May 28, 2004
First from Carla:
The U.S. government, by the people, for the people, is authorized only to act on behalf of U.S. citizens--not on behalf of any other. As a servant of the people--not a *ruler*--the federal government should only act in Americans' interests. No matter what, even if florian (or anyone else) thinks that an American human life is equivalent to any other, the U.S. government *must* not--is not permitted to--and therefore must always value the lives of Americans more than the lives of any others.
That reminds me of the inane comment from the Beastie Boy who was mad that President Bush puts Americans ahead of people in other countries. That's his job as the American President! What would you rather he did, MCA?
And from Bunker:
People in this country share something with me that those in other countries don't. People who want to denigrate that opinion need only ask themselves (honestly) whom do they cheer for in Olympic events.
Shared values. Common ground. As I read this I was thinking about the love-it-or-leave-it idea. I guess I just can't understand Americans who value other countries over their own. If citizens of other countries are more valuable to you, and if you feel you have more common ground with them, then go live with them. For all the moaning about the "rich cultural heritage" and the lack of hegemony in other places, I don't see the mass emigration. (I imagine this is a matter of the ideal vs. the real: it's one thing to ideally value the 35-hour work week and six weeks of paid vacation that France has, but it's a whole different story to really move there, find a job, and pay their taxes.) I think it's perfectly natural to value your own compatriots more than anyone else in the world, and I find it puzzling when someone else doesn't.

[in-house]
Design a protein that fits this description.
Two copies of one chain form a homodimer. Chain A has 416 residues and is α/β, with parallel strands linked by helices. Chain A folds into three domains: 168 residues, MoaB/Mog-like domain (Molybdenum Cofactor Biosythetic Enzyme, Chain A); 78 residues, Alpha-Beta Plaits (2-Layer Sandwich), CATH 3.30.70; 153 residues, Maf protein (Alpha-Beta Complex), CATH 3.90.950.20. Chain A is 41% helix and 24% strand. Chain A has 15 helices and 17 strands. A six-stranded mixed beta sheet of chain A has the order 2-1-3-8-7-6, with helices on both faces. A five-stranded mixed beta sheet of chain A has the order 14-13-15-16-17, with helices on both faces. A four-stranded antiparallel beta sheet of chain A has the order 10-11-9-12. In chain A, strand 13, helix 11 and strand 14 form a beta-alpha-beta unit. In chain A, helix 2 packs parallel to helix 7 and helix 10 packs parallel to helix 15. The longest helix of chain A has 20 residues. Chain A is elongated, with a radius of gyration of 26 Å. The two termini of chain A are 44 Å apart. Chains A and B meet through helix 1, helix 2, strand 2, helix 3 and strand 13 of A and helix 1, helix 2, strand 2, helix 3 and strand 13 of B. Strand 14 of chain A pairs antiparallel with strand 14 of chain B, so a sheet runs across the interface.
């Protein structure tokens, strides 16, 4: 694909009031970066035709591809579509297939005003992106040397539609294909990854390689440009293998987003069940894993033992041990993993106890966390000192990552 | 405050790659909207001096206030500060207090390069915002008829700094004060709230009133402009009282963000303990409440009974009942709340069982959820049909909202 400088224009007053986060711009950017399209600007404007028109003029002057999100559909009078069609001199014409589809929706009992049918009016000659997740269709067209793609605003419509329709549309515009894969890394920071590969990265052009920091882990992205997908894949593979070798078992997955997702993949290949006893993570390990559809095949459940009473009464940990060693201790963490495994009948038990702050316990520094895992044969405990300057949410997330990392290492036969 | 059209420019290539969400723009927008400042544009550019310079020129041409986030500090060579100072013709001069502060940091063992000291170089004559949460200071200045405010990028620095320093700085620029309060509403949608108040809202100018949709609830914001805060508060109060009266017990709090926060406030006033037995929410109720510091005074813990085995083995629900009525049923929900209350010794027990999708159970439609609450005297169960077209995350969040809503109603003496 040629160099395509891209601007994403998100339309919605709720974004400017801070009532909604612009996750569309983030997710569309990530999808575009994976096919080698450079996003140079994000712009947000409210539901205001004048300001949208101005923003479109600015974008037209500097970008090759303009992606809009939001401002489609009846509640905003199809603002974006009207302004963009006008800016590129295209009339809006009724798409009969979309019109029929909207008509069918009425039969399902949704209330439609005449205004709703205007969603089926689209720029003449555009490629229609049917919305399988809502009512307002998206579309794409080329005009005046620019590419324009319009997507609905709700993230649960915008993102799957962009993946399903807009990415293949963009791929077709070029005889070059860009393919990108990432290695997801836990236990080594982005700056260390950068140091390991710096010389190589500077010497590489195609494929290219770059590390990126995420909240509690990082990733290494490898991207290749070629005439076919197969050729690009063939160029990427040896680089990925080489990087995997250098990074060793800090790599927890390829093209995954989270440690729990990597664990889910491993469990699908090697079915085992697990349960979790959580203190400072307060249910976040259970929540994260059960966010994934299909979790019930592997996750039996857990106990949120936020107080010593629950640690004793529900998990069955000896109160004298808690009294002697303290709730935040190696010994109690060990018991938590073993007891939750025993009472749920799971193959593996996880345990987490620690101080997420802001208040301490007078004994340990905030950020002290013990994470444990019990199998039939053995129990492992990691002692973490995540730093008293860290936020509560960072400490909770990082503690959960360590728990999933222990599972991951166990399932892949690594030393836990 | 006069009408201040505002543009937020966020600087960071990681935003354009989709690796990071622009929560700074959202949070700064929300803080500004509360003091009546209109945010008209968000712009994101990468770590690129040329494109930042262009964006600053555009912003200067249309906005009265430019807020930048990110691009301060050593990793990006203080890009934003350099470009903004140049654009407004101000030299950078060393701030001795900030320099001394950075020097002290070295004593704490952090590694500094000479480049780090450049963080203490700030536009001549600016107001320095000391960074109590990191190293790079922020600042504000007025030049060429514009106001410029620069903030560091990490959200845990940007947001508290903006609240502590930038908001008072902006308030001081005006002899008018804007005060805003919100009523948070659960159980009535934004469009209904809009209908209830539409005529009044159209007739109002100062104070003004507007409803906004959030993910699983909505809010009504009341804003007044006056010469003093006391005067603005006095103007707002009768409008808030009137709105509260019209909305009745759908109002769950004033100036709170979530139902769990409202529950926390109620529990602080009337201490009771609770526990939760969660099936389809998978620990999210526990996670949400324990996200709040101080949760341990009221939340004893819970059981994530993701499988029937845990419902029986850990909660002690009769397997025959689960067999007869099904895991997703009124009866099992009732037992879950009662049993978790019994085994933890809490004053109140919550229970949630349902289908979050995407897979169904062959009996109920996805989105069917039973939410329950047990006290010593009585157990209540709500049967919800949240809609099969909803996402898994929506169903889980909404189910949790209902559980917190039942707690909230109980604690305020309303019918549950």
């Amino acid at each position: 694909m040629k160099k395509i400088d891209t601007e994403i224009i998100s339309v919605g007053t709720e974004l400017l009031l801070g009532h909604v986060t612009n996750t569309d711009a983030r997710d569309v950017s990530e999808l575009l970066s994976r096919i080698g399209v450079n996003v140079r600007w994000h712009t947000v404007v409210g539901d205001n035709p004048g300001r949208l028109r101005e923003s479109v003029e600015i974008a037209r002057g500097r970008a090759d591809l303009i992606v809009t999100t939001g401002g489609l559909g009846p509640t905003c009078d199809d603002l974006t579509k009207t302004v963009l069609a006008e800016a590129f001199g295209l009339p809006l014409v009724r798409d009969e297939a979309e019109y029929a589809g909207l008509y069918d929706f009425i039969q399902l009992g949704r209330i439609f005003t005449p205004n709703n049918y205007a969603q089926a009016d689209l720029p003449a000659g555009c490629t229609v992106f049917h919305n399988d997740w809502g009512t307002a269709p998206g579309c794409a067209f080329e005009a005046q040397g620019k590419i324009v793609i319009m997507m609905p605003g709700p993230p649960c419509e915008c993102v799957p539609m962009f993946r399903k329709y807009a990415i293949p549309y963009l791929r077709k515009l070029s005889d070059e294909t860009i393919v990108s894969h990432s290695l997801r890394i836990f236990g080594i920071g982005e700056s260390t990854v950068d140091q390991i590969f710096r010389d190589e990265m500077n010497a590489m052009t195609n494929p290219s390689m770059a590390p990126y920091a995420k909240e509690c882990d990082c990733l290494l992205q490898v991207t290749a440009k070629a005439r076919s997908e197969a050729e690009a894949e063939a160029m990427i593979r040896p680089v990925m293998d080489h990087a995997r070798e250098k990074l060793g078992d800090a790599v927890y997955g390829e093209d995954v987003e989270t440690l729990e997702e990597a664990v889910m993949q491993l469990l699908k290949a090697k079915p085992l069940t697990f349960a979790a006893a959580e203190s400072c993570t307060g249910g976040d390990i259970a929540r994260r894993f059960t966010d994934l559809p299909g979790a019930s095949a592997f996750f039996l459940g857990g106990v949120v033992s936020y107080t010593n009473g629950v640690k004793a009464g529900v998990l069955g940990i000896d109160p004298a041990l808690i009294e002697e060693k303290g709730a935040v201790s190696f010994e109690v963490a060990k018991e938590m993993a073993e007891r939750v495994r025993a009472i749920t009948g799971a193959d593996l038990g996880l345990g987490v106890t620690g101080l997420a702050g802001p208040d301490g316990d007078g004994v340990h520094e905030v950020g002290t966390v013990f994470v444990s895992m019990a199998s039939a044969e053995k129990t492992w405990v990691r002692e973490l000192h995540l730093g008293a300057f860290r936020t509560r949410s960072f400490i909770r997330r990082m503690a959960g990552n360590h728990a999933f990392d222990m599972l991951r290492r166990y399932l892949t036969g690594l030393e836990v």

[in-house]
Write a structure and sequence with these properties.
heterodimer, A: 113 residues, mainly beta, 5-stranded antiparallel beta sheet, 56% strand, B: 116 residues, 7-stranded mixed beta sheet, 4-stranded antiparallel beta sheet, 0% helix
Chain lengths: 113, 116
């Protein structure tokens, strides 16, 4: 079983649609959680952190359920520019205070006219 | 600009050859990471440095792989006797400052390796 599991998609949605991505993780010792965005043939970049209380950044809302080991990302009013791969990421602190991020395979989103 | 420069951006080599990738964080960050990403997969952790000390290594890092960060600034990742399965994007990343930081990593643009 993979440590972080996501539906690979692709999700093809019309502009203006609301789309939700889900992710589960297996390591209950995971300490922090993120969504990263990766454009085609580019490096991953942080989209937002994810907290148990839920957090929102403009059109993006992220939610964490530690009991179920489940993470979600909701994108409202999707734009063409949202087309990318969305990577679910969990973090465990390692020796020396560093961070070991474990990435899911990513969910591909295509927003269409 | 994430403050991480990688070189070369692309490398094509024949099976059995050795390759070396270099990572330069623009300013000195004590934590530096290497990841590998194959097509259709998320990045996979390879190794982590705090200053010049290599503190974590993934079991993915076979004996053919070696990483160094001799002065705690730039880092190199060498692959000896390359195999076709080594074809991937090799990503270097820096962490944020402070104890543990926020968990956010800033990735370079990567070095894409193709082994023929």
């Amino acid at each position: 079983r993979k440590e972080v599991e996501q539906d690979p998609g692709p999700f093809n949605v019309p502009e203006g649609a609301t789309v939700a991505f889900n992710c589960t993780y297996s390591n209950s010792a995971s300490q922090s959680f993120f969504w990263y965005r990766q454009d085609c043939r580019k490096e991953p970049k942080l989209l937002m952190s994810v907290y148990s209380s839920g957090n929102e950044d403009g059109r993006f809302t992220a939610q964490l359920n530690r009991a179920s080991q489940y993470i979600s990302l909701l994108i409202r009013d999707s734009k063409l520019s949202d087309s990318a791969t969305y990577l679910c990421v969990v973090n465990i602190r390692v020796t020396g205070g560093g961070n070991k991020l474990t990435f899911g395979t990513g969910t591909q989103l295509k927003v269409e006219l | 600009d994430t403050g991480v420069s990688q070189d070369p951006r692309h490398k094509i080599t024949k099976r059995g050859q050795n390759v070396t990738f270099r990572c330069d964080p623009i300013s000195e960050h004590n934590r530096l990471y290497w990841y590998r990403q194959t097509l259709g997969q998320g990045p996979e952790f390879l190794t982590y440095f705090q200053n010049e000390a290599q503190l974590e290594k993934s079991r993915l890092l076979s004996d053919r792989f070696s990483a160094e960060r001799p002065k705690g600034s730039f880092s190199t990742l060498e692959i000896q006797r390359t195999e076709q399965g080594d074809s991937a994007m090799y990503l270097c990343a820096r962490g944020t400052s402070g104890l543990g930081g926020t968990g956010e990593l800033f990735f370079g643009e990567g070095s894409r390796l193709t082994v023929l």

If you don't prefer your compatriots, get new ones.
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